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Dating violence isn’t a new or discriminatory problem

Editorial opinion by Emily Feek

Dating in the modern age is a downright terrifying thing. If you don’t have your own story about a nightmare date with a creep, you probably know someone who does. 

Oftentimes, it feels like there’s a common denominator with these dates: You met the person on a dating site. It’s too easy to feel that the safety threat comes from that online space and the fact that you’ve only met them in a very limited capacity. 

The reality is that this isn’t a new problem. Yes, it’s important to maintain safety when meeting people you’ve found online, but it’s also important to acknowledge that safety shouldn’t just be relegated to online spaces. 

Regardless of how you met someone, being careful should be prioritized. Think about it. Ted Bundy didn’t use Tinder, did he? 

Dating violence on college campuses in particular is old news, though we may want to blame technology or dismiss it as a product of the modern age. In a 1993 article from the journal of Human Justice, Dawn Currie and Brian MacLean acknowledge that concerns about sexual aggression on college campuses were reported at Harvard over 150 years ago. Surveys around dating violence were first published in 1957, according to Currie and MacLean. 

So, this isn’t a new problem. All that’s new is the way we frame the conversation, and we have an obligation to acknowledge that it’s more complex than men preying on women, or the internet being dangerous. 

First things first, safety is important regardless of how you meet someone. Generally, the trend we’ve seen with dating on college campuses (sure, mostly with Tinder) is that you tell someone where you’re going to be when you finally decide to meet up for a date (or hook-up). You make sure a friend knows where you are, your location is on and someone is able to bail you out if things go south. 

It’s not even that we’re afraid of being assaulted or murdered in cold blood, though that is an all too common nightmare these days. Sometimes you just don’t want to be around a person once you meet in real life, and that’s okay. 

Dating is a process that involves a significant amount of trust and vulnerability, and the unfortunate truth of online dating, in particular, is that it’s hard to gauge how trustworthy someone is. 

Rory McGloin and Amanda Denes’ study “Too hot to trust” proposes that online daters seek partners who they feel can be trusted to reciprocate the energy and vulnerability they provide — and these judgments are based on profile photos.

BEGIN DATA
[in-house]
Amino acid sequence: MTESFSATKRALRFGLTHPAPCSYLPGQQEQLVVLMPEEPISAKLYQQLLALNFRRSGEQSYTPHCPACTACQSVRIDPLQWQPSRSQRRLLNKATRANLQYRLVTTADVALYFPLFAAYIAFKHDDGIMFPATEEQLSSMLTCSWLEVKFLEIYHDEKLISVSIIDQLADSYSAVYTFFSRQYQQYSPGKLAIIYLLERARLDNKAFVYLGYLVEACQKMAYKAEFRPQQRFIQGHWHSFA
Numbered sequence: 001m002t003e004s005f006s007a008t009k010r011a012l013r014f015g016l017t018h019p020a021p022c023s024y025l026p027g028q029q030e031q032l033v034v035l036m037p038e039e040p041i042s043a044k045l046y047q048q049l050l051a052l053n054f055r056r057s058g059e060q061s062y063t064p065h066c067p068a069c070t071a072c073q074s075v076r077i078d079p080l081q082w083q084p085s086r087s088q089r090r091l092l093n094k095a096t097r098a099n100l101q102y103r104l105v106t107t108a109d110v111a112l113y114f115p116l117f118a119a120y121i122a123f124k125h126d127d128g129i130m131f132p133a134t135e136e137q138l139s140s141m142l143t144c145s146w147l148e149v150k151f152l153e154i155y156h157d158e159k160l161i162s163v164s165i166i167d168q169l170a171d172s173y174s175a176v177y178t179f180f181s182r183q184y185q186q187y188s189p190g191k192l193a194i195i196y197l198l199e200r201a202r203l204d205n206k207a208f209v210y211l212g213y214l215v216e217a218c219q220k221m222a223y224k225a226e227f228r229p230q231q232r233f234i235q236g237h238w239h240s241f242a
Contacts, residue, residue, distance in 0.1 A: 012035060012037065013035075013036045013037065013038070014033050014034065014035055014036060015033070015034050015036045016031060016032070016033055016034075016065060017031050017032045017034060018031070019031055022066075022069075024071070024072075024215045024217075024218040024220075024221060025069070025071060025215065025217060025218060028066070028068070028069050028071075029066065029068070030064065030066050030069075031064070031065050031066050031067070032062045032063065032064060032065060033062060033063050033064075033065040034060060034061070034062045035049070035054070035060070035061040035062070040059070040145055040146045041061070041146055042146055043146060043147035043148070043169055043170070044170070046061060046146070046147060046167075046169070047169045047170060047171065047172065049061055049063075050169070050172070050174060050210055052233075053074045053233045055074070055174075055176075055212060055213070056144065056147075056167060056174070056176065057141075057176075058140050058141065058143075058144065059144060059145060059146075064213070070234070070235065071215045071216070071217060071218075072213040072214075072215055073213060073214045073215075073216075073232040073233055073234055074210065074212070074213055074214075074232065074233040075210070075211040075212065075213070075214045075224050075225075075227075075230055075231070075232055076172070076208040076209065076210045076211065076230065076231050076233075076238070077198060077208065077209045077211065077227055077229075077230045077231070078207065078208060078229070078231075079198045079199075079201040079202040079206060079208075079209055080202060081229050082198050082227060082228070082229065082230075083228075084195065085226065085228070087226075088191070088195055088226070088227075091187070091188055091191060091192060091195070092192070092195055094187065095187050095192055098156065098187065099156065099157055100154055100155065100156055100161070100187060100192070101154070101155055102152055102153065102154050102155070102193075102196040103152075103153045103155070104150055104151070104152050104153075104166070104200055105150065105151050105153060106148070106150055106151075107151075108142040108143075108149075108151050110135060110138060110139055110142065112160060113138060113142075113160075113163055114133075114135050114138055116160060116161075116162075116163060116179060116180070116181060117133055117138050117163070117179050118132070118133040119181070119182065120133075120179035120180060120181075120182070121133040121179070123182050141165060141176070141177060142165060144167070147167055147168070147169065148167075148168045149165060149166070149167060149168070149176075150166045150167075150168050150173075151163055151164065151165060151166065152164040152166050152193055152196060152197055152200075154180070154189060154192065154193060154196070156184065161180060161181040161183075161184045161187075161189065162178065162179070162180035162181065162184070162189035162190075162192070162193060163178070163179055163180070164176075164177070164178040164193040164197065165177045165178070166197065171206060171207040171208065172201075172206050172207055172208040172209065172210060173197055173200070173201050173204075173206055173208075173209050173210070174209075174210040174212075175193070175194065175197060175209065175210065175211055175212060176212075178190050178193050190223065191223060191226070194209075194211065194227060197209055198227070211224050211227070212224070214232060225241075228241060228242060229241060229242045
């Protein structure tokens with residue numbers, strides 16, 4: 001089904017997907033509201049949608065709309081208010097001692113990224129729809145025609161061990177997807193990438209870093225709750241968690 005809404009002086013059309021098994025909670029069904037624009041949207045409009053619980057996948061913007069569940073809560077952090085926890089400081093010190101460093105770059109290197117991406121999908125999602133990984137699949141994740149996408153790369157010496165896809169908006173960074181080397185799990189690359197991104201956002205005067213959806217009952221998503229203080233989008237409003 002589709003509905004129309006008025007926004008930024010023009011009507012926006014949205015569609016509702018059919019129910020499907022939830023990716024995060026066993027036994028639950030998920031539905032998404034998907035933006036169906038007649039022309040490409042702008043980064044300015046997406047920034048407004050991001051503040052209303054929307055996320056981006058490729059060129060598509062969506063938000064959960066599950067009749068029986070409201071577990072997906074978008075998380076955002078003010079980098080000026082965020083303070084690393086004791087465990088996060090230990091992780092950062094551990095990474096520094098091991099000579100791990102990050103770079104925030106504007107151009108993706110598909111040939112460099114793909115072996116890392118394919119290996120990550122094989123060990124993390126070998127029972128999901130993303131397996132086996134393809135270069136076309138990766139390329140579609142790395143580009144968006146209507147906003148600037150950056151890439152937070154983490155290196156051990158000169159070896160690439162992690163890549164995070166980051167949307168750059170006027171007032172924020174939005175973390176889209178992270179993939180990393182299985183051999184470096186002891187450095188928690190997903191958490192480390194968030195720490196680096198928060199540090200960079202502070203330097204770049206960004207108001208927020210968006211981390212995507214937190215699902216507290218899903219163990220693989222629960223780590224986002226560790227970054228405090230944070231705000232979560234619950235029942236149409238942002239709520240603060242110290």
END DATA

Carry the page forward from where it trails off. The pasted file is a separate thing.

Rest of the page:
Profile photos, and specifically attractiveness, are linked to the way we perceive how trustworthy someone is. It doesn’t take peer-reviewed research to guess that it won’t be an accurate perception; first impressions are rarely accurate, let alone first impressions from behind a screen. 

We want to appear as our best selves on dating apps to attract others, even if that makes us less trustworthy in the process. Sugarcoating may not be lying, but it’s close. Either way, feelings of trust aren’t gendered. The study found men tended to view more attractive women as being less trustworthy, while women found more attractive men to be more trustworthy. Granted, attractiveness is subjective and not actually linked to trustworthiness. 

The point still stands that these studies ask people to make a snap judgment about someone they’ve never met. Even meeting someone in person on campus won’t give you the full idea of whether they’re someone you can or should trust. 

College marks a huge transition for many reasons, but dating is a significant one. While those of us coming from small high schools used to know all of our potential suitors, or otherwise have friends to vouch for them, it’s harder to have those connections on a campus with 15,000 students. We don’t spend the same six-hour day with a small group and develop close bonds; instead, we meet a few hours per week with a variety of groups and end up with surface-level relationships. 

That isn’t a bad thing. The classroom should be a safe environment to interact with peers and connect. But when you take those relationships outside of the classroom, make sure you maintain that safety. 

Don’t isolate yourself. Have someone on standby in case of emergency, and communicate with others about who you’re with. 

Make sure a friend has the address of anywhere you’re going. Give them contact information for whoever you’re with, ideally a full name and phone number. Keep your phone charged and close. Watch any food or drink you have. 

It should go without saying, too, that these are good tips to follow regardless of your gender, previous experiences or how you met someone. 

You’ll have time to build a relationship if that first date goes well and if you stay safe, but it’s a good idea to maintain a healthy level of skepticism at first. 

As much as we want to be loved and to find love, we have to be safe about it. We owe it to us and the people around us to take care of ourselves, and that includes being safe in the dating world.

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